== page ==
Nicaragua’s Exiles: Statistics and Personal Tragedies
The repression with which the government of Daniel Ortega dismantled the rebellion of April 2018 has produced a growing and seeminly unstoppable exodus from Nicaragua. The vicepresident and wife of the president, Rosario Murillo, continues to claim that Nicaragua is the land of “good living.” However, her words are constantly belied by the facts: by the brazen murders of Indigenous people in the Bosawás reserve, killed by colonists who openly seize their lands in full view of the army; by the victims of state-sponsored paramilitaries; by the citizens who suffer the effects of government negligence in the face of the COVID-19 pandemic, whose dangers the government denies, and indeed increased by promoting political marches and mass festivities. Broad macroeconomic figures have so far helped to divert attention from the thousands of households that have gone bust. But one only has to look at the thousands of hotels and restaurants that have closed, the shuttered-up bank branches, the frozen construction projects, and the empty universities to conclude that the dire economic impact is spreading, although unequally, like a shadow across a country whose principal sources of foreign exchange remain highly productive and enjoy good prices on the international markets. Beyond these big numbers, there is fear and there is hunger.
Both fear and hunger have, in turn, driven thousands of Nicaraguans to flee. They have changed country because they have despaired of their country ever changing. They hold onto the rage that, as happened in April 2018, has the potential to overcome their fear; but they have given up hope of any change emanating from the current political leadership. For this reason, the exodus has carried away with it many of the grassroots leaders who led the rebellion and who now apply for asylum in the USA, Costa Rica, Spain and other countries.
The exodus of Nicaraguans has assumed ever-larger proportions over the last three years. The United Nations High Commissioner for Refugees (UNHCR) reported that more than 87,000 Nicaraguans had sought safety in Costa Rica by early 2020, and that a total of more than 103,600 Nicaraguans had been displaced since 2018.1 United Nations High Commissioner for Refugees (UNHCR), (2020) ‘Más de 100.000 personas forzadas a huir de Nicaragua tras dos años de crisis política y social’, UNHCR, 10 March 20202 If a similar percentage of the population of the USA had been displaced, we would be talking about five million people driven into exile.
In only three years.
There exists various indicators of the soaring number of Nicaraguans migrating to the United States. Due to the often unauthorised nature of this migration, the available sources can only give us an indirect and approximate idea of its scale, probably far below the reality. According to data from U.S. Customs and Border Protection (2021), between October 2020 and September 2021 a total of 50,722 Nicaraguans were detained as they tried to enter the country, a number much, much higher than for previous fiscal years (see Table 1).
The number of Nicaraguans entering the US legally has also grown rapidly, going from 3,692 in January to 7,375 in June of 2021 (Cagnassola, 2021). Some of these migrants later become “overstayers”: people who remain in the country despite their legal authorization having expired.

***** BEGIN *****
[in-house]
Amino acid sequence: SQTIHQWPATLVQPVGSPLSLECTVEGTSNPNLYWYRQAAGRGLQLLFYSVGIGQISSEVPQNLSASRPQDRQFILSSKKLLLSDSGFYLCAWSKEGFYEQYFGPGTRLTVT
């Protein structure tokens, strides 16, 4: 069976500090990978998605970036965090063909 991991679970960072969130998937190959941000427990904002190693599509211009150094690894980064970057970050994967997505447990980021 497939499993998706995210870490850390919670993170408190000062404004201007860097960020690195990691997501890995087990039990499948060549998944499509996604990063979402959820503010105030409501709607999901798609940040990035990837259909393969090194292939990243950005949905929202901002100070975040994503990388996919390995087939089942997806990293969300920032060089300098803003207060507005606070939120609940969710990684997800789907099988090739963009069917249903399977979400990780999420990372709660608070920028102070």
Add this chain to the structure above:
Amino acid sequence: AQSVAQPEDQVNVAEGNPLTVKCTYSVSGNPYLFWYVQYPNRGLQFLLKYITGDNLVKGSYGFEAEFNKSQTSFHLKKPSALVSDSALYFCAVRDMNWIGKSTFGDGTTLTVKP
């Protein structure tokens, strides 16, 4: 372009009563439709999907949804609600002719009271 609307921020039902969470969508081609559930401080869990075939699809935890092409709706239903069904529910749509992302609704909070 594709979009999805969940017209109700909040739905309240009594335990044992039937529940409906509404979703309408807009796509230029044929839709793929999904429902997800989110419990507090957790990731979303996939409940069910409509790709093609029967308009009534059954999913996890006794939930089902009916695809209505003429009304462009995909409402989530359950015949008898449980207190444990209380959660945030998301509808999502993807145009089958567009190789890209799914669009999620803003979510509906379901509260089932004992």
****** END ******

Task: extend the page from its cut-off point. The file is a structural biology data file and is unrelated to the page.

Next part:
The increase in both authorized and non-authorized immigration has resulted in a greater number of Nicaraguans – usually those claiming asylum – passing through the US migration court system. This phenomenon had already become recognisable several years ago, and is clearly part of a growing tendency. There were 4,145 migration cases involving Nicaraguans in September 2018. This number increased to 12,006 cases in December 2019, a rise of nearly 190 percent and a total surpassed only by asylum claimants from Cuba and Venezuela, according to Trac Immigration (2021).2 Trac Immigration defines itself as an organization dedicated to collating “comprehensive, independent, and nonpartisan information about immigration enforcement.” https://trac.syr.edu/immigration/ 3
The US migration courts in which Nicaraguan asylum cases are heard are able to fast-track and favourably settle these claims if they are consistent with the position adopted by other US government bodies towards the Ortega regime. Congress, the Treasury Department, the State Department and the US Embassy in Nicaragua have all approved santions in response to human rights abuses, have issued statements against corruptiuon and warned US nationals about the arbitrary actions of the Ortega regime and the chaotic situation currently prevailing in Nicaragua. However, every Nicaraguan asylum seeker must defend their claim and prove that, above all, their life is at risk if they are deported back to a country where being a political dissident is a capital crime.
Many of the Nicaraguans seeking asylum in the US have suffered traumatic experiences, but not all of them can provide evidence of such experiences and thus substantiate their claims to be victims of persecution. How can you prove a rape that happened six months ago in a secret underground prison of the Judicial Assistance Department of the National Police? How does one demonstrate beyond doubt that a mob ripped the blue and white shirts you had made from off your back, beat you to a pulp, and then threatened you and your entire family with death? How do you convice a judge that, because you led a literacy campaign in the city of Estelí that was funded by a minor opposition political parfty, your Sandinista neighbours shot you three times and then caved your head in with a metal pole?3 These are the kinds of stories that I gathered during months of research in the field for a book about the repression, entitled Behind the Black-and-Red Curtain: Repression and resistance (Tras el telón rojinegro: represión y resistencia). See https://www.elsotano.com/ebook/tras-el-telon-rojinegro_E1000881592 . My fieldwork generated more than 45 hours of interviews recorded with victims, as well as many more that were never recorded. The stories match up with the declarations of Nicaraguan asylum seekers in the US which I have read as part of my work as an expert witness for lawyers working pro bono on the database of the Center for Gender and Refugee Studies of UC Hastings College of the Law. In the last three years I’ve received an average of two requests a month to write statements and/or testify in the migration courts.4